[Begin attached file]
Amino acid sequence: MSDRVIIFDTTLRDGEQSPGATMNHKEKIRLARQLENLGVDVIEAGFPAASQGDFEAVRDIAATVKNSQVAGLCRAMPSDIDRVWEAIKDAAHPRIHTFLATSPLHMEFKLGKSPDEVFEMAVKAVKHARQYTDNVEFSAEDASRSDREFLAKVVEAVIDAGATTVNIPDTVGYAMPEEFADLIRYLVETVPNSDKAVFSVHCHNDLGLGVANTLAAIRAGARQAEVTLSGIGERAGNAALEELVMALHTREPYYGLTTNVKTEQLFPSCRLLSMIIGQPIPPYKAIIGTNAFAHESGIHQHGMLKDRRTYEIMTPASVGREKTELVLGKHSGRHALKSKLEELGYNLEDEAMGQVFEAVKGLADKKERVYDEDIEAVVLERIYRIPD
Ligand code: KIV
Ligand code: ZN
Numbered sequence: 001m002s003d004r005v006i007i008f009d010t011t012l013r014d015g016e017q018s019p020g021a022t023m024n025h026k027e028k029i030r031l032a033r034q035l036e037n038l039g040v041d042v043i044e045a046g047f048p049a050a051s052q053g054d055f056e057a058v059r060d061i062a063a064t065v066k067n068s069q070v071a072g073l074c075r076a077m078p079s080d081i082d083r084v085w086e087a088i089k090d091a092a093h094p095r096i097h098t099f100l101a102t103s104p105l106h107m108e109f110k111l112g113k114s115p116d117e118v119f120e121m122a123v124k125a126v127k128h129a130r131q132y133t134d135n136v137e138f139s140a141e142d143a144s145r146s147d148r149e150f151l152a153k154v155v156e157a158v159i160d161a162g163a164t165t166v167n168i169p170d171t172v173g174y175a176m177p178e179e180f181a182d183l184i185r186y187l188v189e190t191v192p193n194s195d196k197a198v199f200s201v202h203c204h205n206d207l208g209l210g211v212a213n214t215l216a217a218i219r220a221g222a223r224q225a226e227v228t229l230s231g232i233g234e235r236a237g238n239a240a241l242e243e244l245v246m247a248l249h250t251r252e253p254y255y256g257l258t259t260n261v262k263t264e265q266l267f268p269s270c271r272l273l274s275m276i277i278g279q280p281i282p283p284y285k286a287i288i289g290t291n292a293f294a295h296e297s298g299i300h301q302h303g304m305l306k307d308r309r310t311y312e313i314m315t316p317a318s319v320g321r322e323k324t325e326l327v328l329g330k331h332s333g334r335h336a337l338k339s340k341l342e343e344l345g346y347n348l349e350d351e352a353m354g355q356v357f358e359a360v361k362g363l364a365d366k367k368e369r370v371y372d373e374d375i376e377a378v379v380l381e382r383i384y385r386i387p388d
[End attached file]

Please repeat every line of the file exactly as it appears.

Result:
Amino acid sequence: MSDRVIIFDTTLRDGEQSPGATMNHKEKIRLARQLENLGVDVIEAGFPAASQGDFEAVRDIAATVKNSQVAGLCRAMPSDIDRVWEAIKDAAHPRIHTFLATSPLHMEFKLGKSPDEVFEMAVKAVKHARQYTDNVEFSAEDASRSDREFLAKVVEAVIDAGATTVNIPDTVGYAMPEEFADLIRYLVETVPNSDKAVFSVHCHNDLGLGVANTLAAIRAGARQAEVTLSGIGERAGNAALEELVMALHTREPYYGLTTNVKTEQLFPSCRLLSMIIGQPIPPYKAIIGTNAFAHESGIHQHGMLKDRRTYEIMTPASVGREKTELVLGKHSGRHALKSKLEELGYNLEDEAMGQVFEAVKGLADKKERVYDEDIEAVVLERIYRIPD
Ligand code: KIV
Ligand code: ZN
Numbered sequence: 001m002s003d004r005v006i007i008f009d010t011t012l013r014d015g016e017q018s019p020g021a022t023m024n025h026k027e028k029i030r031l032a033r034q035l036e037n038l039g040v041d042v043i044e045a046g047f048p049a050a051s052q053g054d055f056e057a058v059r060d061i062a063a064t065v066k067n068s069q070v071a072g073l074c075r076a077m078p079s080d081i082d083r084v085w086e087a088i089k090d091a092a093h094p095r096i097h098t099f100l101a102t103s104p105l106h107m108e109f110k111l112g113k114s115p116d117e118v119f120e121m122a123v124k125a126v127k128h129a130r131q132y133t134d135n136v137e138f139s140a141e142d143a144s145r146s147d148r149e150f151l152a153k154v155v156e157a158v159i160d161a162g163a164t165t166v167n168i169p170d171t172v173g174y175a176m177p178e179e180f181a182d183l184i185r186y187l188v189e190t191v192p193n194s195d196k197a198v199f200s201v202h203c204h205n206d207l208g209l210g211v212a213n214t215l216a217a218i219r220a221g222a223r224q225a226e227v228t229l230s231g232i233g234e235r236a237g238n239a240a241l242e243e244l245v246m247a248l249h250t251r252e253p254y255y256g257l258t259t260n261v262k263t264e265q266l267f268p269s270c271r272l273l274s275m276i277i278g279q280p281i282p283p284y285k286a287i288i289g290t291n292a293f294a295h296e297s298g299i300h301q302h303g304m305l306k307d308r309r310t311y312e313i314m315t316p317a318s319v320g321r322e323k324t325e326l327v328l329g330k331h332s333g334r335h336a337l338k339s340k341l342e343e344l345g346y347n348l349e350d351e352a353m354g355q356v357f358e359a360v361k362g363l364a365d366k367k368e369r370v371y372d373e374d375i376e377a378v379v380l381e382r383i384y385r386i387p388d